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Mary Andrewes has been a volunteer for CHD’s Court-Appointed Special Advocates (CASA) of Hampden County for over six years, and prior to, has always been a dedicated advocate for children in need.
A retired educator of 35 years, Mary started out as a high school English teacher and then became a school adjustment counselor/school social worker and special education team leader. Later in her career, Mary transitioned to administrative positions, first as the special education supervisor for two middle schools and the high school in her district and then served as interim principal prior to her retirement.
As a counselor, Mary worked on special projects with other school social workers to provide parent/guardian workshops and teacher professional development workshops on topics such as foster care and working with the Department of Children and Families. In her retirement, Mary’s transition to volunteering as a CASA was a natural extension of her work and dedication.
“The impact I strive for is similar to what I strove for as a teacher and counselor—to enhance a child’s feeling of self-worth and acceptance by having a positive personal connection with someone who cares,” Mary said.
Since her CASA training six years ago, Mary has worked primarily on a complicated case which started out with five children—three of whom have been successfully adopted, and two returned to biological parents, one to the dad, and the other to mom. Over the years, as these children transitioned to different foster homes, sometimes to residential treatment, Mary, as their CASA, was often the one constant person in their lives.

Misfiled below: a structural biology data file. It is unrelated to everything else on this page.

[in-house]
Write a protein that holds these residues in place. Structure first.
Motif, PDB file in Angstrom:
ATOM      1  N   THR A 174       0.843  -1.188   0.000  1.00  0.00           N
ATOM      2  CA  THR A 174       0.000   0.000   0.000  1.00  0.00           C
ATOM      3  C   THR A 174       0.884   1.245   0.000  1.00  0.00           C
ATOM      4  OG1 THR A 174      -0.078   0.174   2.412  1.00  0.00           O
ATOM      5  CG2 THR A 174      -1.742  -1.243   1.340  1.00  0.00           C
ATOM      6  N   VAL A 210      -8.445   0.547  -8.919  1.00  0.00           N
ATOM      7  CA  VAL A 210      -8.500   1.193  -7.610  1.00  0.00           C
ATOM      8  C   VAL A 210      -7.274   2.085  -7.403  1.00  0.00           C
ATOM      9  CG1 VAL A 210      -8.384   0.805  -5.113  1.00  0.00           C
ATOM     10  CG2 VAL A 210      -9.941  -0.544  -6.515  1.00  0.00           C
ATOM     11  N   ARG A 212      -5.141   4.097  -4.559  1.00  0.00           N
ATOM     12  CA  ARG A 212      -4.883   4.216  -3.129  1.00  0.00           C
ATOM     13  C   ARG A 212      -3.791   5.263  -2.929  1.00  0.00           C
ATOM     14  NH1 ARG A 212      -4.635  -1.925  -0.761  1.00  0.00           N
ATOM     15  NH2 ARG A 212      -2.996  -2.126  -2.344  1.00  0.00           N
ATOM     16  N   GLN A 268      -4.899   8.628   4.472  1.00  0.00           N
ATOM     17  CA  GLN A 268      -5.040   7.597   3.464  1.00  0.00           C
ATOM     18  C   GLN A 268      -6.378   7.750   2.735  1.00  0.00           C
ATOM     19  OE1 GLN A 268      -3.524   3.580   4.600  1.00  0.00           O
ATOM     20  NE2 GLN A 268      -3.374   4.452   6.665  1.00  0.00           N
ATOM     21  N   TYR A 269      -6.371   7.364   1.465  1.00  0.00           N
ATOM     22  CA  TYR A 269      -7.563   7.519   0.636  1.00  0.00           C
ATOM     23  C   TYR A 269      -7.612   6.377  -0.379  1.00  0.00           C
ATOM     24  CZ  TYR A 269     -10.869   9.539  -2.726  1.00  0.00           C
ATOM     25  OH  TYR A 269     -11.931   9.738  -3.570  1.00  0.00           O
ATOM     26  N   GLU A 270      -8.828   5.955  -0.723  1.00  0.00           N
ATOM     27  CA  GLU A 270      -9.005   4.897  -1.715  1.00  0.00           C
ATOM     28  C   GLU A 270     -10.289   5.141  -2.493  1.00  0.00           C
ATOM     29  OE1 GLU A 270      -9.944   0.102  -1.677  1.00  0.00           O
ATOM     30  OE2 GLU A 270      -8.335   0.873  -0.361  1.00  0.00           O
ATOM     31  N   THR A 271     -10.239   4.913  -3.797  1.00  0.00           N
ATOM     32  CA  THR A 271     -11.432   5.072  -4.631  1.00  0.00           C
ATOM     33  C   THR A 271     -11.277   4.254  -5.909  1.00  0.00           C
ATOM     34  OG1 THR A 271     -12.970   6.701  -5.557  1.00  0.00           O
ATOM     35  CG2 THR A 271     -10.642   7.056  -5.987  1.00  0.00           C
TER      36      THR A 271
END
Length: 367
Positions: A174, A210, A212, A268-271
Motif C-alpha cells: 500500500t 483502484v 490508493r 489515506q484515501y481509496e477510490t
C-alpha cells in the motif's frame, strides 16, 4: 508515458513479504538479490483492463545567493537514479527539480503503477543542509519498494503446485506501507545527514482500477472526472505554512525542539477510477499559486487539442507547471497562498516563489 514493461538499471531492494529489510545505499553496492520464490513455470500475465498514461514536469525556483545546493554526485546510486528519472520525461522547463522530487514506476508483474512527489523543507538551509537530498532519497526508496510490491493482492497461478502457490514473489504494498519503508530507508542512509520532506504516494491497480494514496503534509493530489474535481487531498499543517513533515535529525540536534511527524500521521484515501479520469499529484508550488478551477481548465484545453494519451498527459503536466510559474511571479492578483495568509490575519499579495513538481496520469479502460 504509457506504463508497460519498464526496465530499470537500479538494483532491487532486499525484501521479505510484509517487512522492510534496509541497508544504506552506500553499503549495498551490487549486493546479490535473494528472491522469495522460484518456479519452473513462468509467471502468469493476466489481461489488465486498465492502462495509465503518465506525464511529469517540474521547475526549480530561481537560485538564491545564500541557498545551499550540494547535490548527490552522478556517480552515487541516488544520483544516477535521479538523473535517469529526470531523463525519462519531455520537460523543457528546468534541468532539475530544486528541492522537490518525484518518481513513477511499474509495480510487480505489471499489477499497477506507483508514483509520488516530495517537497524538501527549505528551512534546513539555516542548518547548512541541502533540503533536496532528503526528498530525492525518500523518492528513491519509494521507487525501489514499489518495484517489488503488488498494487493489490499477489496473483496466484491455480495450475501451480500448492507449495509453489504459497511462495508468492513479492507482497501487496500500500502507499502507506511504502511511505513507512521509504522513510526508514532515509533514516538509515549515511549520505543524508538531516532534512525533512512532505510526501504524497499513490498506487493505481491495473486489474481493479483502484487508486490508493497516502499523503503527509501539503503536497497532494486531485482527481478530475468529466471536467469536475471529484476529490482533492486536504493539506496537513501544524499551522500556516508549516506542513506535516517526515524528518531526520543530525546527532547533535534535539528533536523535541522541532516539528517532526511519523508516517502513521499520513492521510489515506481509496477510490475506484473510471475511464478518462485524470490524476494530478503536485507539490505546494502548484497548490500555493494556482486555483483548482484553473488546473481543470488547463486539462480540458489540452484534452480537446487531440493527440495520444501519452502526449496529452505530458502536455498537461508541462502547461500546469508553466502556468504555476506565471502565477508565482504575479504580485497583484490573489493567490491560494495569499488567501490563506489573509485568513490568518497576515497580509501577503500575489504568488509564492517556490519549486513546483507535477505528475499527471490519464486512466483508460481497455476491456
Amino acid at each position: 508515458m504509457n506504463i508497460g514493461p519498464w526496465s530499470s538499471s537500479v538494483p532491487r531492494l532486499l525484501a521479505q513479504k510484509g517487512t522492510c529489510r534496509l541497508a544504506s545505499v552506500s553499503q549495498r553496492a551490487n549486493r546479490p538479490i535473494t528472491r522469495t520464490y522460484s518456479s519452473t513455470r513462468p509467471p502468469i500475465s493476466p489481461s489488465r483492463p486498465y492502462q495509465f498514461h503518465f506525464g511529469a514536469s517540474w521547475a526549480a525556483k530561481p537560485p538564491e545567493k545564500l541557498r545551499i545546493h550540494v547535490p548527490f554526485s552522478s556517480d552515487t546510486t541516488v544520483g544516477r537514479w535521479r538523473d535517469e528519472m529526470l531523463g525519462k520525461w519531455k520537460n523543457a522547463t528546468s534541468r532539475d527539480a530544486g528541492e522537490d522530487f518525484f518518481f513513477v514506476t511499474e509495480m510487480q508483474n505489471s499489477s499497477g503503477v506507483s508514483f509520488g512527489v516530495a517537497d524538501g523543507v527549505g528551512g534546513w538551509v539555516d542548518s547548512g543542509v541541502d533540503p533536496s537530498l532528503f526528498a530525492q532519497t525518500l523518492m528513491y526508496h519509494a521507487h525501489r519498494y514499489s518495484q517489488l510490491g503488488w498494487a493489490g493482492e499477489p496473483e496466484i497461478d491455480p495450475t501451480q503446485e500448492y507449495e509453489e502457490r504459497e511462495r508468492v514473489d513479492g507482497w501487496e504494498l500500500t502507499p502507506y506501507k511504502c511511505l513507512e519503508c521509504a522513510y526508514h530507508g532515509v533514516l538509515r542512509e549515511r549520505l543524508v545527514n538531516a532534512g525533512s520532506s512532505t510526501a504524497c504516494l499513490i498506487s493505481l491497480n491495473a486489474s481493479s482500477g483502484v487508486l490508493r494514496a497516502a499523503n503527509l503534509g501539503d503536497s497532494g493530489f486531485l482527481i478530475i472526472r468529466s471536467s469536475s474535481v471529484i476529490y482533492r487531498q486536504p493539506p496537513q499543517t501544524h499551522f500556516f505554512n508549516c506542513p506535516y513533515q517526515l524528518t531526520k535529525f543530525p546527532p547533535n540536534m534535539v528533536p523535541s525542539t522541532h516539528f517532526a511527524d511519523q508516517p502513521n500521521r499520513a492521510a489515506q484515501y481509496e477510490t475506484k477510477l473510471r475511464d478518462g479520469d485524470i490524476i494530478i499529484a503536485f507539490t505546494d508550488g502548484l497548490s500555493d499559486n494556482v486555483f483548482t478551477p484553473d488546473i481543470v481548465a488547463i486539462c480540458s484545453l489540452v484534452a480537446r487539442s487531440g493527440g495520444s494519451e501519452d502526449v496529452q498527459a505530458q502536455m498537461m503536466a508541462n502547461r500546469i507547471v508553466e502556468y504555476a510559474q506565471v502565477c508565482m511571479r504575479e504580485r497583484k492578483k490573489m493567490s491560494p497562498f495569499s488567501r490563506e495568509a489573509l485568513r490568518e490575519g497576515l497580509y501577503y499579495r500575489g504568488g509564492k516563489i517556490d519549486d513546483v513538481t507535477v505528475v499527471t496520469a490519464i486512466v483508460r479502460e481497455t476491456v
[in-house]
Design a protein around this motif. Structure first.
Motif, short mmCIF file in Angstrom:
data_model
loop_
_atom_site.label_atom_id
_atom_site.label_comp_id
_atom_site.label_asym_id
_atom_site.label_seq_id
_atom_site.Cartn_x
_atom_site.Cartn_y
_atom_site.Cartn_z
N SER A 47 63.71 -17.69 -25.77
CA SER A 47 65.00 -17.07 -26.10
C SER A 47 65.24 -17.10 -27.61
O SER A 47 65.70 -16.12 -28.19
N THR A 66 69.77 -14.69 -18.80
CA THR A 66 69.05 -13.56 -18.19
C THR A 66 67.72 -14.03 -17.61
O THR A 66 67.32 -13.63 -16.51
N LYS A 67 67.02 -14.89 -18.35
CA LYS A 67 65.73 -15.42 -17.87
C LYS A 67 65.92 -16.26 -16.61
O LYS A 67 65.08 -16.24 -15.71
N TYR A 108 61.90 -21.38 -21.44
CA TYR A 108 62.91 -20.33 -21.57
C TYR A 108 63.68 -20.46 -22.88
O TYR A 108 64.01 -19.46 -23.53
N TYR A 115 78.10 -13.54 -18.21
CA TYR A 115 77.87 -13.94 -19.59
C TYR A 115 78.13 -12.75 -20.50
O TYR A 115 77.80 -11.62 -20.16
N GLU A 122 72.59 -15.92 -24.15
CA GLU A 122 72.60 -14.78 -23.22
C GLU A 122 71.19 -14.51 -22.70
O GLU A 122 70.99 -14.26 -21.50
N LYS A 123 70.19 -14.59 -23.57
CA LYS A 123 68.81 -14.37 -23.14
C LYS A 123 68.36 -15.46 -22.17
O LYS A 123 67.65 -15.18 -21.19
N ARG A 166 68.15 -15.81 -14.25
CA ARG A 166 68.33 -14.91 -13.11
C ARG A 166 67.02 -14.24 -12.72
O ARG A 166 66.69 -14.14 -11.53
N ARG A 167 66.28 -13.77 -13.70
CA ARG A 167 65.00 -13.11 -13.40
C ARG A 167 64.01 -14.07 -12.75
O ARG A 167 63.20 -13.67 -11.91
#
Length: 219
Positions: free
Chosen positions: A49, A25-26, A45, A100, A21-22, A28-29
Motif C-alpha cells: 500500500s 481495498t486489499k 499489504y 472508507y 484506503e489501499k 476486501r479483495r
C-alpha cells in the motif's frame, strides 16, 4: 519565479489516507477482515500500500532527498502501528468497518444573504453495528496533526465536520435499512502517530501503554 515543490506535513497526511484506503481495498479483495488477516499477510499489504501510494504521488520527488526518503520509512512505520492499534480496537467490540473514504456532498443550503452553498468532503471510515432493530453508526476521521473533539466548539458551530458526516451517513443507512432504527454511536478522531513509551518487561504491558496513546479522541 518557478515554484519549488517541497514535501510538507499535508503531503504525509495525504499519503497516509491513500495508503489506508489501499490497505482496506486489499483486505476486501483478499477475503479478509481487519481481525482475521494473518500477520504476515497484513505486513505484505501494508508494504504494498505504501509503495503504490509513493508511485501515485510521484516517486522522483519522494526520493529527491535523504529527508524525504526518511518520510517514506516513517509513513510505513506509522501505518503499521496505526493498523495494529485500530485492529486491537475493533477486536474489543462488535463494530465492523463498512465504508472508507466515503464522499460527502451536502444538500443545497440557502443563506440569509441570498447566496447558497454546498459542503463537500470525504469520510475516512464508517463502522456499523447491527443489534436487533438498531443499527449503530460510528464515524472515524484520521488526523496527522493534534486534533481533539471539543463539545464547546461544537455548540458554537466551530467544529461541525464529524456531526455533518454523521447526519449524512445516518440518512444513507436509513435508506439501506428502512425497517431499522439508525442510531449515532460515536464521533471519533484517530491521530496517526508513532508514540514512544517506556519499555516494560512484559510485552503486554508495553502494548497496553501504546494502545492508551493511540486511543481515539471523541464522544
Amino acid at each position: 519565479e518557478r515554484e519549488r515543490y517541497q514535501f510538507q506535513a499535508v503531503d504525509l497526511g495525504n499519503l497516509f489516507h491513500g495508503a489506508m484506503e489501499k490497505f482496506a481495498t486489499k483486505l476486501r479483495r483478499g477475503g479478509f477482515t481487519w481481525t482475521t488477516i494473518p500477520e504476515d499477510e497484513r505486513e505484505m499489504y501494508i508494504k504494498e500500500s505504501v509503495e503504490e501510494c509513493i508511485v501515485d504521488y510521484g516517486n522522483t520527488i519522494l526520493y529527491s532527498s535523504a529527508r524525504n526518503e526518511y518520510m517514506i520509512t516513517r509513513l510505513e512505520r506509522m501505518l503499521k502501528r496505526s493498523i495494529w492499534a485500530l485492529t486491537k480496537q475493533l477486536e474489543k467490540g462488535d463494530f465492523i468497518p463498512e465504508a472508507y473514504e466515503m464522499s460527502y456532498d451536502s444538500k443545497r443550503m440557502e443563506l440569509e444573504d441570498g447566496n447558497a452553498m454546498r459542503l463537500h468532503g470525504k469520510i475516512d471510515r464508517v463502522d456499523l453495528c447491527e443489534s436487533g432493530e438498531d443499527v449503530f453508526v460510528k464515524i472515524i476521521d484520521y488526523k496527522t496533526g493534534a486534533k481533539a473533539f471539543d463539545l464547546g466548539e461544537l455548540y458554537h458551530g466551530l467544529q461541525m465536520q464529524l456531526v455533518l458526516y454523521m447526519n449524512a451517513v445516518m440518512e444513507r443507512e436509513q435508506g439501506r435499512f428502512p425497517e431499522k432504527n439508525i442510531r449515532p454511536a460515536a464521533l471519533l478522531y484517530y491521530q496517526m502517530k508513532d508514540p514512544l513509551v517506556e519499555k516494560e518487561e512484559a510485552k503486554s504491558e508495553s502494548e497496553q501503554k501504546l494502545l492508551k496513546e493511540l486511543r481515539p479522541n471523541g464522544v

For the past two years, Mary has also been a member of the newly formed Massachusetts CASA Board of Directors, which provides support to local programs and serves as a liaison between them and National CASA. She has also completed training and become certified as a Special Education Surrogate Parent (SESP) and serves in that capacity for a child on her caseload.
SESPs are appointed by a school district to represent a child who has or may need special education services, often if the child’s parents are unknown or unavailable, or the child is a ward of the state. They meet with their assigned student or observe them in the classroom, receive all progress reports and attend Individualized Education Program (IEP) meetings to advocate for the child’s best interest.
“I would like to think that in some small way I may help to reverse the cycle—poverty, lack of educational resources, untreated mental health issues, child abuse and neglect—that keeps many families and children unable to prosper,” Mary said.